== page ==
Mechanisms of chromium toxicity, carcinogenicity and allergenicity: Review of the literature from 1985 to 2000

@article{Dayan2001MechanismsOC,
  title={Mechanisms of chromium toxicity, carcinogenicity and allergenicity: Review of the literature from 1985 to 2000},
  author={Anthony D Dayan and Alan J. Paine},
  journal={Human and Experimental Toxicology},
  year={2001},
  volume={20},
  pages={439 - 451}
}
  • A. Dayan, A. Paine
  • Published 1 September 2001
  • Medicine, Chemistry, Biology
  • Human and Experimental Toxicology
Laboratory and clinical reports about the pathogenesis of the carcinogenicity and allergenicity of chromium compounds published between 1985 and 2000 have been reviewed as a basis for consideration of the pathogenetic mechanisms involved. There is good evidence from the clinic and the laboratory that Cr[VI] is the ion responsible for most of the toxic actions, although much of the under lying molecular damage may be due to its intracellular reduction to the even more highly reactive and short…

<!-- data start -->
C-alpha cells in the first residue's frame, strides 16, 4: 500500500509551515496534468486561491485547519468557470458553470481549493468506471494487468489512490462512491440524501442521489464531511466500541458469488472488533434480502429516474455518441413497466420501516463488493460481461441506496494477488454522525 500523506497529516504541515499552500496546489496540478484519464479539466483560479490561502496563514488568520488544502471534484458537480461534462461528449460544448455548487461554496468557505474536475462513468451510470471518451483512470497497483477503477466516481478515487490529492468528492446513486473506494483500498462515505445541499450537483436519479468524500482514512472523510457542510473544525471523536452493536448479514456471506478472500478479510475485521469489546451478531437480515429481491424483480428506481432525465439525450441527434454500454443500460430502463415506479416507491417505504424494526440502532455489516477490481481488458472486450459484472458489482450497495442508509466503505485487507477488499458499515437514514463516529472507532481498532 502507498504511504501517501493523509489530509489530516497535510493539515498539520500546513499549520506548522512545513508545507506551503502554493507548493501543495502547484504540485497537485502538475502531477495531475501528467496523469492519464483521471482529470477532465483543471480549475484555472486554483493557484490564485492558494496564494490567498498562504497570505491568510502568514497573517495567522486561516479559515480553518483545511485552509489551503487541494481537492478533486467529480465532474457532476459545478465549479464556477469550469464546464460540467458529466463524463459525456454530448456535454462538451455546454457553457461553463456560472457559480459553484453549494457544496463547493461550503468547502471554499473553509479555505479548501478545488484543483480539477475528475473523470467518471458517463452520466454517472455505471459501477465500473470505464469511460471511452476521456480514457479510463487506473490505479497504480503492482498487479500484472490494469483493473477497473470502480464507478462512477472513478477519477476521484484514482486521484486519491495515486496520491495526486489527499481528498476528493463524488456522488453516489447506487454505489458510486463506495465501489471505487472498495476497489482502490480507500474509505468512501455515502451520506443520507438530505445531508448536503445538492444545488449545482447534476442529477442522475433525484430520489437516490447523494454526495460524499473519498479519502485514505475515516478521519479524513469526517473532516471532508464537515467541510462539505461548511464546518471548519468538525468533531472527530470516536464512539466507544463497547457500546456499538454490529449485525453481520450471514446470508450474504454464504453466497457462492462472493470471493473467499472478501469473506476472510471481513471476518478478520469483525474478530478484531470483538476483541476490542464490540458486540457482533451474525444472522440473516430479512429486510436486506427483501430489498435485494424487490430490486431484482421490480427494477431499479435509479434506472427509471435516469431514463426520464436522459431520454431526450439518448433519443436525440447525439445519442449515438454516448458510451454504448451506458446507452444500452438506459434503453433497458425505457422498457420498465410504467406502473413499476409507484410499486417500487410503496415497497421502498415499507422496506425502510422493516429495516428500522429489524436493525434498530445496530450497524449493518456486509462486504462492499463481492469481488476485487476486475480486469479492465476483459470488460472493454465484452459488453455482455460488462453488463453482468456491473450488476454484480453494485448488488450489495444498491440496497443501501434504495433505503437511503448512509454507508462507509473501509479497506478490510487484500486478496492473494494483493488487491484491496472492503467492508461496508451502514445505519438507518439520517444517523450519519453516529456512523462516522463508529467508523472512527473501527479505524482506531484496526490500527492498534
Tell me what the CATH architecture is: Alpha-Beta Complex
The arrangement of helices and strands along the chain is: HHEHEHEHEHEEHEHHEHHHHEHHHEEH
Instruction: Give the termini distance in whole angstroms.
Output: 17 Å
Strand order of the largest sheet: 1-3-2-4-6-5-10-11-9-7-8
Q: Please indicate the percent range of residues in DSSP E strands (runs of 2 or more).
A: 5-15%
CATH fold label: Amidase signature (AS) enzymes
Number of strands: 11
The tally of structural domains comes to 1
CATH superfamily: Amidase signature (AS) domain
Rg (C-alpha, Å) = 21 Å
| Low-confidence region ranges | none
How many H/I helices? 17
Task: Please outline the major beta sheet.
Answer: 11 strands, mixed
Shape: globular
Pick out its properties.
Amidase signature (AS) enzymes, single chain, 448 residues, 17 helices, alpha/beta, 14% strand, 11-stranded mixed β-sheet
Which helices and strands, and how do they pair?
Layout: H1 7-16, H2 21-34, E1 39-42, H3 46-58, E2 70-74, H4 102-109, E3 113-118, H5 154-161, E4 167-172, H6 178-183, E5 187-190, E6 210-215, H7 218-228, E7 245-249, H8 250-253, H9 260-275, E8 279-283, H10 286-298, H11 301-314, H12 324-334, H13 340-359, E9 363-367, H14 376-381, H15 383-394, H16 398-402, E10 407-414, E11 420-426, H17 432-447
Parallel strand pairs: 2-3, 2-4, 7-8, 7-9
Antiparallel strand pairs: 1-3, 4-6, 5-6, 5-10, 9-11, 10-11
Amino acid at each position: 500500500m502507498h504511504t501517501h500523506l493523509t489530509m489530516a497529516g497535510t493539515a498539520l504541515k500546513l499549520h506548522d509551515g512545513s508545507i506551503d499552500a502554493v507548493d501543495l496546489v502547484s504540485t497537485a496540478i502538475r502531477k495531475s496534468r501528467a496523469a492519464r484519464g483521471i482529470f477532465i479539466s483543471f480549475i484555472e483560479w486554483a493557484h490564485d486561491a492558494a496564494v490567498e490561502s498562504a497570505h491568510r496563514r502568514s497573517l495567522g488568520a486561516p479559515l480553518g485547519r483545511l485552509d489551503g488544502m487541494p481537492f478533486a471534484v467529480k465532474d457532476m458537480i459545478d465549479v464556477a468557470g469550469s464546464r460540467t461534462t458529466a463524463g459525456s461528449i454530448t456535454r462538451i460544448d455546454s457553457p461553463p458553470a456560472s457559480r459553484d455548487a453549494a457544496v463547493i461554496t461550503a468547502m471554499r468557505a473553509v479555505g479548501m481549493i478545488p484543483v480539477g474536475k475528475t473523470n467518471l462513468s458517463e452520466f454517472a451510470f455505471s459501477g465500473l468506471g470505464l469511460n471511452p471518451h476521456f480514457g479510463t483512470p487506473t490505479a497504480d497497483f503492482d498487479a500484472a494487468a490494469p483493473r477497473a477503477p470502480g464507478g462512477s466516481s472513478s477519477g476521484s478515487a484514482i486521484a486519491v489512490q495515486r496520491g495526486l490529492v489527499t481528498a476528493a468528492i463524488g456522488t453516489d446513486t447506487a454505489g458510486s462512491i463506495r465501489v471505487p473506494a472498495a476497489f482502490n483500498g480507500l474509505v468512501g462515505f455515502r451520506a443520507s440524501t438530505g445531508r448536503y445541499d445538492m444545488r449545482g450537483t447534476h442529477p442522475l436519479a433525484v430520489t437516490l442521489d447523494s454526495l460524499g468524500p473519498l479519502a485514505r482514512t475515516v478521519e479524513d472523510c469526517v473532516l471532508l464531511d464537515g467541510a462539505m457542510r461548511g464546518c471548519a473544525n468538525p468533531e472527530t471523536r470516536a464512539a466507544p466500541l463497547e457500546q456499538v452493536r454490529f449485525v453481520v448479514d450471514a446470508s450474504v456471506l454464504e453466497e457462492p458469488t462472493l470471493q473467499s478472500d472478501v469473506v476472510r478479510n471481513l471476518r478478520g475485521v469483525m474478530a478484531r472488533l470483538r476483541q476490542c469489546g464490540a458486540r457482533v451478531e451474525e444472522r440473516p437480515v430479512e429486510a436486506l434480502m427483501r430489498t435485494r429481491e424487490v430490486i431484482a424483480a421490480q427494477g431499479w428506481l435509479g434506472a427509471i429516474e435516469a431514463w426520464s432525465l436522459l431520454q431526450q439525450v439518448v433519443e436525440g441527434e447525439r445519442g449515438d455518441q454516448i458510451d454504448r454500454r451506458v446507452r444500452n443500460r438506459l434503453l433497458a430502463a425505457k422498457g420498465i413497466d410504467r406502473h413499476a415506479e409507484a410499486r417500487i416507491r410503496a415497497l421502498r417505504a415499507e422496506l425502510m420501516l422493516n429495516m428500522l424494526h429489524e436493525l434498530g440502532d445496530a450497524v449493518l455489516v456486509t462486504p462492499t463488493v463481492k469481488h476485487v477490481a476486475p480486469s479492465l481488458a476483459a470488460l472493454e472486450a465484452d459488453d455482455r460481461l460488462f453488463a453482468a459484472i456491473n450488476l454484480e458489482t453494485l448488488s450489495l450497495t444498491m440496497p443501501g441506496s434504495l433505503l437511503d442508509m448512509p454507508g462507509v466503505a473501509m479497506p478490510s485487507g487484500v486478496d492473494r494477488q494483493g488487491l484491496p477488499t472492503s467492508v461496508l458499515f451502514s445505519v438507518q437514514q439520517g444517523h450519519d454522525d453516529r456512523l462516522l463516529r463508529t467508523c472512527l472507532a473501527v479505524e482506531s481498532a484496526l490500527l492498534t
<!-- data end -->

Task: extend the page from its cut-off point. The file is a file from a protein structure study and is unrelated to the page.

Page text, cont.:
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  • H. Abbas, F. K. Ali
  • Environmental Science
    Pakistan journal of biological sciences : PJBS
  • 2007
TLDR
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The analyzed data showed that Arsenic, cadmium, chromium, and nickel induce oxidative stress, DNA damage, and cell death processes, resulting in increase the risk of cancer and cancer-related diseases.
Oxidative stress, DNA damage, and antioxidant enzyme activity induced by hexavalent chromium in Sprague‐Dawley rats
TLDR
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Cytogenetic Assays of Genotoxic Effects and Cancer Risk of Chromium on Tannery Workers in Bangladesh
TLDR
Evidence is provided that the duration of exposure to C r compounds in human peripheral lymphocytes results in induction of DNA damage and chromosomal instability, and it is suggested that occupational exposure to Cr could lead to eased levels of DNADamage and chromosom instability.
Molecular mechanisms of hexavalent chromium-induced apoptosis in human bronchoalveolar cells.
TLDR
This is the first report indicating strict correlation of Cr(VI) apoptosis to PUMA induction on primary human bronchoalveolar cells in short-term cultures and establishes p53 as the "necessary" player in Cr( VI)-induced apoptosis.
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